If Native-themed goods are used to make a profit, Native people should benefitby Sasha Houston Brown
Recently I visited an Urban Outfitters store in Minneapolis. The store was filled with derogatory and inauthentic Native themed goods. Plastic dream catchers wrapped in pleather hung next to an indistinguishable mass of synthetic feather jewelry and hyper-sexualized clothing with suede, fringe and fake tribal patterns.
In that moment, surrounded by items like the Navajo Hipster Panty, the Navajo Print Fabric Wrapped Flask and Peace Treaty Feather Necklace, I felt humiliated. This line of faux-Indian goods seemed to epitomize the relationship that American society has with Native people.
We are seldom brought into the mainstream public sphere except on occasions like Thanksgiving and Halloween, when children can still dress up as Indians. Our history, our vast contributions to the world and our cultural resiliency are frequently trivialized or hidden.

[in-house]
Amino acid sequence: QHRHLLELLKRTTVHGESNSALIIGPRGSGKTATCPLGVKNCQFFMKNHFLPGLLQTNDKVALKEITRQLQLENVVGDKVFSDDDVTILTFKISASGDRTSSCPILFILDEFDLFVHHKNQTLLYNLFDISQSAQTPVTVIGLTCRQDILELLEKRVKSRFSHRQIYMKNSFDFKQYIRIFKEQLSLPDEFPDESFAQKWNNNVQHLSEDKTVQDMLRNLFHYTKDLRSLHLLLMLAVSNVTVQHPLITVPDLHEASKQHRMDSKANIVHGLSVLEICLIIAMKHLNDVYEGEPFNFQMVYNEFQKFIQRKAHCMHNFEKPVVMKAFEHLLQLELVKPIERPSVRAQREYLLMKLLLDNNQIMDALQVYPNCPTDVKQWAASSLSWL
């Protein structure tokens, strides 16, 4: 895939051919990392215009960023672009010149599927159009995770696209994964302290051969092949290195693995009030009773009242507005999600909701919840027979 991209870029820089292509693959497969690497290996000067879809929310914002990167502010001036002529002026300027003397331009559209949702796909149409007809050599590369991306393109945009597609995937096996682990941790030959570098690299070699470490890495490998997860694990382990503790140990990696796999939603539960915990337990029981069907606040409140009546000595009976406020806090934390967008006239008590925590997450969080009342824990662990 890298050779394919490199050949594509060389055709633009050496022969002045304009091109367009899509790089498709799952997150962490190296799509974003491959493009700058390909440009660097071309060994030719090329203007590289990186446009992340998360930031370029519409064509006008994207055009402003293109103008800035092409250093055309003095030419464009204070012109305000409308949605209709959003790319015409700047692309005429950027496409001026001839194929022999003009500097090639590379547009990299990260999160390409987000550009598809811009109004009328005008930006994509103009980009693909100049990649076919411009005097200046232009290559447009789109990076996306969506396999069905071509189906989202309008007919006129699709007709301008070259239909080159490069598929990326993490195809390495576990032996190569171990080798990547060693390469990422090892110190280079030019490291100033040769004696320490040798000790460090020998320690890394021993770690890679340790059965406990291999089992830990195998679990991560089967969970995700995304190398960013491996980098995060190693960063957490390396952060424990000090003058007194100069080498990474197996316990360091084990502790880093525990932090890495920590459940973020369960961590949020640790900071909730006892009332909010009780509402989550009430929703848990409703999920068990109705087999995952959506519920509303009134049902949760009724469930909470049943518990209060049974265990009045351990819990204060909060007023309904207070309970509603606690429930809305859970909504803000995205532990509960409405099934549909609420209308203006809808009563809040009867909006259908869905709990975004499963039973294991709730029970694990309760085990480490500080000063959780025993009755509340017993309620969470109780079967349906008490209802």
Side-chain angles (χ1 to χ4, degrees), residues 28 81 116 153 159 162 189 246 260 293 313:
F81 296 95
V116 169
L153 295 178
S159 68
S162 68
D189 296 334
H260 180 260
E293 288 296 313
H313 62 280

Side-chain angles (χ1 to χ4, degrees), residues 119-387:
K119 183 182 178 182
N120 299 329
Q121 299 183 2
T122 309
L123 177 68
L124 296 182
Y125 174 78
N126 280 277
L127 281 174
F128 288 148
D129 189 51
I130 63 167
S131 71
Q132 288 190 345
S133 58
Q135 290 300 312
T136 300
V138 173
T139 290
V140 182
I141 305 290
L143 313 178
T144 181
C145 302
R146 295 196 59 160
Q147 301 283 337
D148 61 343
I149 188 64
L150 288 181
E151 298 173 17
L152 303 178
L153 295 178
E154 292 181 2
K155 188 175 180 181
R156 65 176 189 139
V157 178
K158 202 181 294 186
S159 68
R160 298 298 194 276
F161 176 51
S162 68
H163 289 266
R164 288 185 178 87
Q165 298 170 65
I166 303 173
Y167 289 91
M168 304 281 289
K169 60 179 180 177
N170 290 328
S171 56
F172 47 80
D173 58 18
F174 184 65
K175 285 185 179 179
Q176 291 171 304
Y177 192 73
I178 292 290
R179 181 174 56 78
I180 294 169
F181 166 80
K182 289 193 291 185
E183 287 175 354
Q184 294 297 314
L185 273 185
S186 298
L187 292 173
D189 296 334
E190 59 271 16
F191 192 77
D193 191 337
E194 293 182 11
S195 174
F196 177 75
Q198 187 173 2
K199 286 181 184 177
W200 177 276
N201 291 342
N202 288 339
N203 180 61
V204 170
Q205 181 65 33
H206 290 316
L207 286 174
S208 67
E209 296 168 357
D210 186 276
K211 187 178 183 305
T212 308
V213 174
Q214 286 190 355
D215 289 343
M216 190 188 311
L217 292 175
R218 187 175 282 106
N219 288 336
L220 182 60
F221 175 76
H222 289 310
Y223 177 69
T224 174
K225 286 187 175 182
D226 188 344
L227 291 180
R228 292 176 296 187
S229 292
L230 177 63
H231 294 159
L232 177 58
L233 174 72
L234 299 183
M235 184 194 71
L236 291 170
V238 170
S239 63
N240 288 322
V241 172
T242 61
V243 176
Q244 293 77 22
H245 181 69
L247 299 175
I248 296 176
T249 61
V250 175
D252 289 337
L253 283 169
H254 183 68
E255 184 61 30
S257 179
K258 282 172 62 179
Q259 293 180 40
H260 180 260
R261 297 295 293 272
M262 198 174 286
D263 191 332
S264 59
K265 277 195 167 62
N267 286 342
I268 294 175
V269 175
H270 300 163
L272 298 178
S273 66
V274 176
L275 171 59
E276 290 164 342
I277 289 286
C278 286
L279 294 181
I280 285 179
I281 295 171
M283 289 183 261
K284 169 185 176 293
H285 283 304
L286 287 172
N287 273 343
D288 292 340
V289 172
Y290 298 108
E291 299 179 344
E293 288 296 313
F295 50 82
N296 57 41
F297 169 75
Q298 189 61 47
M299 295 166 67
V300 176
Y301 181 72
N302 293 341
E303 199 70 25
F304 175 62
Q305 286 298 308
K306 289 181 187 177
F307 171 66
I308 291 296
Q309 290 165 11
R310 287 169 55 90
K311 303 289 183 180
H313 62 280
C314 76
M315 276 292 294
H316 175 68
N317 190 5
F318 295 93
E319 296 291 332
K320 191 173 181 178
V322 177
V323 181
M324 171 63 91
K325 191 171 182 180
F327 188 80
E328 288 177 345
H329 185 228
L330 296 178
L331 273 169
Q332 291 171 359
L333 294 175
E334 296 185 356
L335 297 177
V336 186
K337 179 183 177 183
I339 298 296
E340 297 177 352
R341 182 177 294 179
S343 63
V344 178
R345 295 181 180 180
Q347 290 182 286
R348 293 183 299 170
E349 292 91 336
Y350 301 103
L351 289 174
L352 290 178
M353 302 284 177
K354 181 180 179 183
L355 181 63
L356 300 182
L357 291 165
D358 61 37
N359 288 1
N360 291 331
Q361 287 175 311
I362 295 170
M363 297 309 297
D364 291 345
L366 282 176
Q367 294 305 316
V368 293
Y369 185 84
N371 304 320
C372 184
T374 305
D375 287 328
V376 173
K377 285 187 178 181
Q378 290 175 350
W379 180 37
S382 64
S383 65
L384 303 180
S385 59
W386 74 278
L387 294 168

Being a biracial Native American woman, I have struggled my entire life to respond constructively to racism and ignorance. For the most part I have been dismissed as overly sensitive and easily offended. Sports teams and ignorant individuals try to disguise racism as cultural appreciation. But there is nothing appreciative about appropriating and making a mockery of our identity and cultures.
On Columbus Day I wrote an open letter to the CEO of Urban Outfitters to let him know how I felt. I also pointed out that using Native American tribal names to market inauthentic products violates federal law that protects tribes from corporate encroachment and misrepresentation. As far as I can learn, Urban Outfitters never contacted the Navajo Nation about using its name, which happens to be protected by 12 trademarks.
To be clear, I don't mind individuals being inspired by Native American art and style or wearing Native jewelry. But Native people have a right to make their own decisions, and Native businesses should benefit from the sale of Native goods.
Corporations shouldn't rip off our art, produce it cheaply overseas and make a profit on our culture. Minneapolis is home to one of the largest urban Indian communities in the nation. There is no shortage of Native artists.
And none of them would be so clueless as to produce the Navajo Hipster Panty.
Sasha Houston Brown is a graduate of Carleton College and an American Indian academic adviser at Minneapolis Community and Technical College.